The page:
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The Mars Reconnaissance Orbiter passed the biggest test of its life by safely entering orbit around the Red Planet, joining a constellation of circling spacecraft. But other challenges lie ahead.
Next month, the two-ton orbiter will begin another critical phase in its $720 million mission. It will spend seven months dipping into Mars' upper atmosphere to shrink its current elliptical orbit to a circular one, which will take it as close as 200 miles above the surface.
The purpose is to get as close to Mars as possible to beam back detailed images.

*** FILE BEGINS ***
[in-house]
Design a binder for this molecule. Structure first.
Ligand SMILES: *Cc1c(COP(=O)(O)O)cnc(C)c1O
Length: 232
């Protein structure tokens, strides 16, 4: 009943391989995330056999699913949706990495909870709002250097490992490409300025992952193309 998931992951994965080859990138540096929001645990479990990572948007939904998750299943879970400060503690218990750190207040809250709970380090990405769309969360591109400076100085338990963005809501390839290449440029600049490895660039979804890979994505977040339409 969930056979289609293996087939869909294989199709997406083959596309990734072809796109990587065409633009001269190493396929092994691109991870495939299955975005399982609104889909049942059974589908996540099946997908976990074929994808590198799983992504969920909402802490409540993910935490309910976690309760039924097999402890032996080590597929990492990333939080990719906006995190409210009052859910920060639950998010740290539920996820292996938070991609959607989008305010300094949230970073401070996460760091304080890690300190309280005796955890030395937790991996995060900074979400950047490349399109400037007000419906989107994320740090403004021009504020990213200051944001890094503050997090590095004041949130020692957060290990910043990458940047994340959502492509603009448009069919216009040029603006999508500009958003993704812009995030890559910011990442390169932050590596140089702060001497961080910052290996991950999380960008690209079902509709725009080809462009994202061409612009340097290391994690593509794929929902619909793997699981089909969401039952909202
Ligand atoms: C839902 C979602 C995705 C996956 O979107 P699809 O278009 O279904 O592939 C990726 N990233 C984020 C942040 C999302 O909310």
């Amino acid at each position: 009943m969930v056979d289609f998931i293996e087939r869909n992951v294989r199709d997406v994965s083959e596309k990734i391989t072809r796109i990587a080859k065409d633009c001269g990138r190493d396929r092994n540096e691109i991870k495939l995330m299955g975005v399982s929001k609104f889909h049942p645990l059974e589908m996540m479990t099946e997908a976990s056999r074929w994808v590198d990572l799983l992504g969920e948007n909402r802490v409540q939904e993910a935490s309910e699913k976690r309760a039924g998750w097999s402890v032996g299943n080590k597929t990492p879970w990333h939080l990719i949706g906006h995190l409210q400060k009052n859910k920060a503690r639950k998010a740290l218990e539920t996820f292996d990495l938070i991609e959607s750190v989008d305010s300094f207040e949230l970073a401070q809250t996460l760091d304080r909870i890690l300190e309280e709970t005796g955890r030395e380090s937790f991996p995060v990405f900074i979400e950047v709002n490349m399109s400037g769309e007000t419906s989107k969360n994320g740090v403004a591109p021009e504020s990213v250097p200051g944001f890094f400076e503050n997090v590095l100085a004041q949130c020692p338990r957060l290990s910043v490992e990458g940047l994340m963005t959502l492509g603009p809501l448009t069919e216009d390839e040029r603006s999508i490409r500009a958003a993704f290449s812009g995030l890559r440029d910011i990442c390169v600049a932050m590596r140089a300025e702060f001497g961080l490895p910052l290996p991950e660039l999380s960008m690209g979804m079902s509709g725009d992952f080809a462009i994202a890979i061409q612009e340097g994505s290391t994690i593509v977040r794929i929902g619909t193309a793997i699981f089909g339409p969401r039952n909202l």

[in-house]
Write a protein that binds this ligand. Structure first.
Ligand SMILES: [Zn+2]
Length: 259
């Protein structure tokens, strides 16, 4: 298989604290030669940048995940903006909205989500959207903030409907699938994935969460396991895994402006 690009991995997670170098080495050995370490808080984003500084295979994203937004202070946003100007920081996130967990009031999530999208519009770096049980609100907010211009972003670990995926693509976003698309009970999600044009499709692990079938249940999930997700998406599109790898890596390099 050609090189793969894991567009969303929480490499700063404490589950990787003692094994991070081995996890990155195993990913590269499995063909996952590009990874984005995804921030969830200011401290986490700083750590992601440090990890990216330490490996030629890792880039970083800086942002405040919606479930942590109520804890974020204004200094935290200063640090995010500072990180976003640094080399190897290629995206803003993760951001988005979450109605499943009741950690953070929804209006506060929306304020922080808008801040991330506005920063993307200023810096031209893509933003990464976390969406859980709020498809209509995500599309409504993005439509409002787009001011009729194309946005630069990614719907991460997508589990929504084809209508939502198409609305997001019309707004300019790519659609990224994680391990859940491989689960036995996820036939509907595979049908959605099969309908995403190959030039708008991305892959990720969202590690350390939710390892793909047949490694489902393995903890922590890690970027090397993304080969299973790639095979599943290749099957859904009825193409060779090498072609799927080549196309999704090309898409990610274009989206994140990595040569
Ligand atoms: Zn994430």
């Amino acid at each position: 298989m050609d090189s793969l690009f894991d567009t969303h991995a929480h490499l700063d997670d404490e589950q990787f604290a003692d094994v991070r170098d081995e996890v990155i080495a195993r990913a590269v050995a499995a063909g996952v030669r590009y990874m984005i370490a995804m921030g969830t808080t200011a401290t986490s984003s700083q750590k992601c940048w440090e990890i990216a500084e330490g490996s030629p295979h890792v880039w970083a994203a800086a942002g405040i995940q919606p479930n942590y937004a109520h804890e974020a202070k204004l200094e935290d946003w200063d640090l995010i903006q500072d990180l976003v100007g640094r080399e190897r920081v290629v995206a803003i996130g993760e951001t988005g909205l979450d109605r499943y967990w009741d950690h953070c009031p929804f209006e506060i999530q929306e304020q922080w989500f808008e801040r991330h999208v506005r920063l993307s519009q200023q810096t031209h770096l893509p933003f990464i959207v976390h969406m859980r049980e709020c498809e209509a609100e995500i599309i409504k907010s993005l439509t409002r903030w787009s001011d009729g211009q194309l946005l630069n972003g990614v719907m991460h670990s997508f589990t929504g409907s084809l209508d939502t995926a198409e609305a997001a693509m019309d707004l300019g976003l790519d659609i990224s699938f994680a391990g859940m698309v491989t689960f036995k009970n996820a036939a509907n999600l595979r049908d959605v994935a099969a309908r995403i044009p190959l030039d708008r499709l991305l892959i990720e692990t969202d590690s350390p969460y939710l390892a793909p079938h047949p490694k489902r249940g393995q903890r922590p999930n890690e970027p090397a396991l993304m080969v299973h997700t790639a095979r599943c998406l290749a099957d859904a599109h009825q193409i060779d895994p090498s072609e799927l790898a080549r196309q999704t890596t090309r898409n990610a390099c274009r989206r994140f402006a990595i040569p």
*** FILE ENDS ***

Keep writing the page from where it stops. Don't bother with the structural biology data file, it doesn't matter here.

"We got the capabilities that will knock your socks off," said project scientist Richard Zurek.
The Reconnaissance Orbiter joins NASA's Mars Global Surveyor and Mars Odyssey and the European Space Agency's Mars Express, which already fly around the planet. On the surface, the NASA rovers Spirit and Opportunity continue rolling across the planet.
Unlike previous Mars missions, the Reconnaissance Orbiter is the most powerful spacecraft ever to arrive at Mars and is expected to send back more data about the Red Planet than ever before.